Wherefore Art the East Village’s Corner Markets?


While the East Village isn’t lacking for liquor licenses, its corner markets are becoming more scarce.

Or at least that’s what one can reasonably conclude from looking at EV Grieve‘s helpful roundup of the 13 corner markets that have closed over the course of the past year or so.

As with so many other things in the neighborhood, many of them are being replaced with more upscale, “gourmet” markets, the most egregious example being the Union Market that will open on Houston Street and Avenue A later this year. It replaces the Houston Deli & Grocery, an establishment where you could buy lottery tickets, toilet paper, and Pop Tarts 24 hours a day. You won’t find any of these things at Union Market, whose three Brooklyn locations are, in the words of one Yelper, “touchstone[s] for narcissistic Brooklynites to pay $4 for an organic apple.”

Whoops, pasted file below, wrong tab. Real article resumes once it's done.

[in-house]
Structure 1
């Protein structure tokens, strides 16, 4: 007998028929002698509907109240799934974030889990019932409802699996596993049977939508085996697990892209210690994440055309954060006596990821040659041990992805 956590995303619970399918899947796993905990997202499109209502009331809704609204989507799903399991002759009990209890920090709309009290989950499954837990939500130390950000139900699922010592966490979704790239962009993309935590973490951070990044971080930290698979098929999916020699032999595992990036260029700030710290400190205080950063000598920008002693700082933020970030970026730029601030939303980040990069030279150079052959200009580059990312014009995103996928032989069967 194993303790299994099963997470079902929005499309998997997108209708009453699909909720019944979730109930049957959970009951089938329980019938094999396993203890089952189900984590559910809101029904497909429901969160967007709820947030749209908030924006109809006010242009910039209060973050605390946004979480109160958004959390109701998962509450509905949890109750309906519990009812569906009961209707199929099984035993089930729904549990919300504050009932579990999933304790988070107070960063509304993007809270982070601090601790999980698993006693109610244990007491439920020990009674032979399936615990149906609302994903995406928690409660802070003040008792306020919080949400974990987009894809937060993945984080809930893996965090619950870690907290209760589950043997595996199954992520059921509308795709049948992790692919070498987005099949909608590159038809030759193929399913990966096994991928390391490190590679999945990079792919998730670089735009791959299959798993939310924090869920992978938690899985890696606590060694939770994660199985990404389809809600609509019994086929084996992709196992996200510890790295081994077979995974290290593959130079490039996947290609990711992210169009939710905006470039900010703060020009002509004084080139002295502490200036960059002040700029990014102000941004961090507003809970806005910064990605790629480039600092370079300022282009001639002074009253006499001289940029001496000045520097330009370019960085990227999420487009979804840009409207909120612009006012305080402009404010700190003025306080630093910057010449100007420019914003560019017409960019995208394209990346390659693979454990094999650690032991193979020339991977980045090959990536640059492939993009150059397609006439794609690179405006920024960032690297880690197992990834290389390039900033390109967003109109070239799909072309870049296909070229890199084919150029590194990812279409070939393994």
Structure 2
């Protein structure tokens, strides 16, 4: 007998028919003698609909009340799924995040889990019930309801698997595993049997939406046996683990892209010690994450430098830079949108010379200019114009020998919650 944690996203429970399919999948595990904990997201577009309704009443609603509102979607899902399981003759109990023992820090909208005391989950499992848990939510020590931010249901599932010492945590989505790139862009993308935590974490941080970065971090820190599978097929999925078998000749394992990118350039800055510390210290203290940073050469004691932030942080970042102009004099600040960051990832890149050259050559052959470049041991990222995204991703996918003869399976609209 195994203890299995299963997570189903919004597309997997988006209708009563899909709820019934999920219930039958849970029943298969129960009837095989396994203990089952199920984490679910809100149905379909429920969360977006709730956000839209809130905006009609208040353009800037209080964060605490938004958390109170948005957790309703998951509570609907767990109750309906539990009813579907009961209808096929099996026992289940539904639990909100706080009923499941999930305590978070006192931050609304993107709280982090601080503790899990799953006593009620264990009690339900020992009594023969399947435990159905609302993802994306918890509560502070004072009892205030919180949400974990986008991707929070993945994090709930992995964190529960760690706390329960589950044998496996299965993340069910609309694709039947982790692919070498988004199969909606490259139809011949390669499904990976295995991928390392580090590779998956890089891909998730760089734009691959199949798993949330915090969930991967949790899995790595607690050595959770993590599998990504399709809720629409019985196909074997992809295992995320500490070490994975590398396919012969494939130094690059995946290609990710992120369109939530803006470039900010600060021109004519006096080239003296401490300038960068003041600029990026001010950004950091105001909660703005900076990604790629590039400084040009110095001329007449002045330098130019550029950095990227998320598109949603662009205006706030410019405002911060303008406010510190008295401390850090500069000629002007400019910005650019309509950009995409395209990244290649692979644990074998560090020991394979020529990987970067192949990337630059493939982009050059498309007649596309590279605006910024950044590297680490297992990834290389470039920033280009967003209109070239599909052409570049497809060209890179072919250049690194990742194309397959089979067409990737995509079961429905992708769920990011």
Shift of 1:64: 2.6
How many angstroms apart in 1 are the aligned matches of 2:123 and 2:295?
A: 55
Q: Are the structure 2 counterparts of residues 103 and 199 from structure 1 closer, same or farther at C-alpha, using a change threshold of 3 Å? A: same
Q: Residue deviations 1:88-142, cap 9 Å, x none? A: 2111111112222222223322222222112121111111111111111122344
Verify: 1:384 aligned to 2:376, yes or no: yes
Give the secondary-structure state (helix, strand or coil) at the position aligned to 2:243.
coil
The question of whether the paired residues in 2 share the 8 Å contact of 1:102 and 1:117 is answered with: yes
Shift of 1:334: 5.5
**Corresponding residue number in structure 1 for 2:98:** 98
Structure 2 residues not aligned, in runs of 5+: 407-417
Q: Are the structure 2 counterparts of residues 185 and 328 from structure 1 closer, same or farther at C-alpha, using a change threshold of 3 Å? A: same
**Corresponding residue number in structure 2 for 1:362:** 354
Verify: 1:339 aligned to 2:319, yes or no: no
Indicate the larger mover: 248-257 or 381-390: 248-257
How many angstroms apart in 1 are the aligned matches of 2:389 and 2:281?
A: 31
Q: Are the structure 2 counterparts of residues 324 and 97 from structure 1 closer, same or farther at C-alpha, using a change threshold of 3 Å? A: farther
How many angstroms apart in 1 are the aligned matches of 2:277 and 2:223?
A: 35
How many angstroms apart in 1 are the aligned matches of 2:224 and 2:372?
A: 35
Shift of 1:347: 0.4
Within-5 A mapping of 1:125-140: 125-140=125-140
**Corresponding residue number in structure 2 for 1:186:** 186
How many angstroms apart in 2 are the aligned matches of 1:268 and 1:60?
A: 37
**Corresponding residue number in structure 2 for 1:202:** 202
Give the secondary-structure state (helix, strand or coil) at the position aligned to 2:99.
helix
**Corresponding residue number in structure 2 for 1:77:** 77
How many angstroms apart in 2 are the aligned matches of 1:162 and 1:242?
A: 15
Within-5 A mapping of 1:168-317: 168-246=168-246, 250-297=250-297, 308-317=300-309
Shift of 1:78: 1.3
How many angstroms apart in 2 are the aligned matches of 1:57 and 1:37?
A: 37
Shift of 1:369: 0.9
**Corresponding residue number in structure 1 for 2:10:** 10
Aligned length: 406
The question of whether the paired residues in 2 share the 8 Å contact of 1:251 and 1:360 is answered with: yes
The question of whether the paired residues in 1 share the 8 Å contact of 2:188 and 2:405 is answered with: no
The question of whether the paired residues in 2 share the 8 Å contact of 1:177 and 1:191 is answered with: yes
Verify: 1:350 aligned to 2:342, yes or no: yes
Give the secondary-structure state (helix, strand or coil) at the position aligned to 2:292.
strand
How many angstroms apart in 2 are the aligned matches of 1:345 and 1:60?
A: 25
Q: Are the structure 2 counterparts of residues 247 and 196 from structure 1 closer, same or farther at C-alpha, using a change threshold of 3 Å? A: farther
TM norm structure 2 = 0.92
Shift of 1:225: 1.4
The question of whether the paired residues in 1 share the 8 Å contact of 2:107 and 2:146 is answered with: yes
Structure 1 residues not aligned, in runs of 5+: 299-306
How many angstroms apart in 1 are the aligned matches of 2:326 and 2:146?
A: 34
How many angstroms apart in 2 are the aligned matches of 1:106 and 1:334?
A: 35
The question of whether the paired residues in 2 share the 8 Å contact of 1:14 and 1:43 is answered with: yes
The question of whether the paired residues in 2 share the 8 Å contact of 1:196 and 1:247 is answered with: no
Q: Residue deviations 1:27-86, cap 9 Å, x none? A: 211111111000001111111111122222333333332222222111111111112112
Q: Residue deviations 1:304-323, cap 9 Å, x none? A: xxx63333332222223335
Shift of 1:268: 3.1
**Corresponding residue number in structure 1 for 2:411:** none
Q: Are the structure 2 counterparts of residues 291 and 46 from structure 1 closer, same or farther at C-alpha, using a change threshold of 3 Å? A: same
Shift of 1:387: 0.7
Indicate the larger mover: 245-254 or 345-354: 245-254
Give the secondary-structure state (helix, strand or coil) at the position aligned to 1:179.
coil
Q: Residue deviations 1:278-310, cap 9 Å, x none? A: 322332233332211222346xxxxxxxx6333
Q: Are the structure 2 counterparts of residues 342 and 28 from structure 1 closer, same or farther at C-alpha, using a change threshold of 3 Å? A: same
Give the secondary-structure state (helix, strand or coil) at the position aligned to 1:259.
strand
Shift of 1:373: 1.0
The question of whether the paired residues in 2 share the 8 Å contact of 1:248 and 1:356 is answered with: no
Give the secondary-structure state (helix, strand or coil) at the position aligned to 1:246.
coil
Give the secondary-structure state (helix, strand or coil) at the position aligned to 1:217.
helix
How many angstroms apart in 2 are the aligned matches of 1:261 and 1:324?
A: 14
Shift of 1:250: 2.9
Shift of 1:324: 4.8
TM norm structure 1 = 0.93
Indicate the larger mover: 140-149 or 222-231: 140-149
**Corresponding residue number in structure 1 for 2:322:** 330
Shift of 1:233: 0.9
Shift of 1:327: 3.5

While only an unrepentant nostalgist could ignore the fact that many of these places had their problems — rotting produce, grime, and shitty service among them — the closings are still troubling, another reminder of the high rents and sanitized blandness that have put the neighborhood, and city, in a chokehold. If the trend continues, the only markets around will be of the ironic, pop-up variety.


This article from the Village Voice Archive was posted on April 8, 2011

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